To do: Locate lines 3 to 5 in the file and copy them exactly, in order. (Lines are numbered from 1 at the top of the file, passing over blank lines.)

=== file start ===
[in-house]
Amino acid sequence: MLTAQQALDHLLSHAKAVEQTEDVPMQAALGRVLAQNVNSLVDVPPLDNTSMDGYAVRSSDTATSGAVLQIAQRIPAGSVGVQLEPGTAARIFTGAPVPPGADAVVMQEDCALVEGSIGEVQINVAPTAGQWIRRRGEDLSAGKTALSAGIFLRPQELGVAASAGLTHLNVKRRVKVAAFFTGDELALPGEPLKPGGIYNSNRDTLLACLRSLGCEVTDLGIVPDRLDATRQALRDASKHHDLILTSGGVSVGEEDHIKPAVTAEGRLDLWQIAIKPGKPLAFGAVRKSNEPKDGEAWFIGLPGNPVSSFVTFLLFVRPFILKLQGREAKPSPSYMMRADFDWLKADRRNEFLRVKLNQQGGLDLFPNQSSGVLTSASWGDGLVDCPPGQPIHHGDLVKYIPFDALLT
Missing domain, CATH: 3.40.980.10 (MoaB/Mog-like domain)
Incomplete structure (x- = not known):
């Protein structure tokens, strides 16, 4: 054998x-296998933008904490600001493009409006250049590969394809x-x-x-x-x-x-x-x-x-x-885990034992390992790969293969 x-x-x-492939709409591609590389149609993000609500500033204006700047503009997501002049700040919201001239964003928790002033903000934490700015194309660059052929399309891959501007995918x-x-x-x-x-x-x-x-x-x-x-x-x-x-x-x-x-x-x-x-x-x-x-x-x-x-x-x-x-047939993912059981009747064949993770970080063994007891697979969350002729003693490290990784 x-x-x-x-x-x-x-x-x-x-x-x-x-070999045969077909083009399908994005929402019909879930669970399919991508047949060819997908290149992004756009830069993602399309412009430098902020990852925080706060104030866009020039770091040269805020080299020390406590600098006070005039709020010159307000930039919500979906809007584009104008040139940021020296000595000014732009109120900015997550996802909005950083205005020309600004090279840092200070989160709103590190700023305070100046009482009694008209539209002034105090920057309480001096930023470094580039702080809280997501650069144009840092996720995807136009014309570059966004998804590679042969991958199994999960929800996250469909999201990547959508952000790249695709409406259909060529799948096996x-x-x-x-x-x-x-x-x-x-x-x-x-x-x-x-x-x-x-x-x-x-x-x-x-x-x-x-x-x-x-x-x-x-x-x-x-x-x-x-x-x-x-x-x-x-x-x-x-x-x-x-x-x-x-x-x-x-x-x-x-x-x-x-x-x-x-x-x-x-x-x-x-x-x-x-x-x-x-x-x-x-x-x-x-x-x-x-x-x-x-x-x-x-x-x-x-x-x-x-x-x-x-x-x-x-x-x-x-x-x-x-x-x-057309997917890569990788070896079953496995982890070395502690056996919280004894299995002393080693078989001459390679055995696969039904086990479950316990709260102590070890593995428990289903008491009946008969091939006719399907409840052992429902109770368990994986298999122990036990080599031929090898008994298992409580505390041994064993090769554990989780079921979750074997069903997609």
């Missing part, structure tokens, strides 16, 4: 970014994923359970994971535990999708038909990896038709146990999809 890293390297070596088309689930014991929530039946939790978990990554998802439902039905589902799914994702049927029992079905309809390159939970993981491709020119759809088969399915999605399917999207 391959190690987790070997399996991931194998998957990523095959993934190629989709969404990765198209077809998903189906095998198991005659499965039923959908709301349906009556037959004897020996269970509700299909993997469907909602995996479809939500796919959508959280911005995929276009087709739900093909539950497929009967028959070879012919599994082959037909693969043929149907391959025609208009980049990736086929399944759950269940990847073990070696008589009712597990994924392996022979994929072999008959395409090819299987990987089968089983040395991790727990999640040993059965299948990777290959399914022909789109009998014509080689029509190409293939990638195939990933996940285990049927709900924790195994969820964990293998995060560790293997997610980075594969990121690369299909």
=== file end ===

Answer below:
Missing domain, CATH: 3.40.980.10 (MoaB/Mog-like domain)
Incomplete structure (x- = not known):
């Protein structure tokens, strides 16, 4: 054998x-296998933008904490600001493009409006250049590969394809x-x-x-x-x-x-x-x-x-x-885990034992390992790969293969 x-x-x-492939709409591609590389149609993000609500500033204006700047503009997501002049700040919201001239964003928790002033903000934490700015194309660059052929399309891959501007995918x-x-x-x-x-x-x-x-x-x-x-x-x-x-x-x-x-x-x-x-x-x-x-x-x-x-x-x-x-047939993912059981009747064949993770970080063994007891697979969350002729003693490290990784 x-x-x-x-x-x-x-x-x-x-x-x-x-070999045969077909083009399908994005929402019909879930669970399919991508047949060819997908290149992004756009830069993602399309412009430098902020990852925080706060104030866009020039770091040269805020080299020390406590600098006070005039709020010159307000930039919500979906809007584009104008040139940021020296000595000014732009109120900015997550996802909005950083205005020309600004090279840092200070989160709103590190700023305070100046009482009694008209539209002034105090920057309480001096930023470094580039702080809280997501650069144009840092996720995807136009014309570059966004998804590679042969991958199994999960929800996250469909999201990547959508952000790249695709409406259909060529799948096996x-x-x-x-x-x-x-x-x-x-x-x-x-x-x-x-x-x-x-x-x-x-x-x-x-x-x-x-x-x-x-x-x-x-x-x-x-x-x-x-x-x-x-x-x-x-x-x-x-x-x-x-x-x-x-x-x-x-x-x-x-x-x-x-x-x-x-x-x-x-x-x-x-x-x-x-x-x-x-x-x-x-x-x-x-x-x-x-x-x-x-x-x-x-x-x-x-x-x-x-x-x-x-x-x-x-x-x-x-x-x-x-x-x-057309997917890569990788070896079953496995982890070395502690056996919280004894299995002393080693078989001459390679055995696969039904086990479950316990709260102590070890593995428990289903008491009946008969091939006719399907409840052992429902109770368990994986298999122990036990080599031929090898008994298992409580505390041994064993090769554990989780079921979750074997069903997609």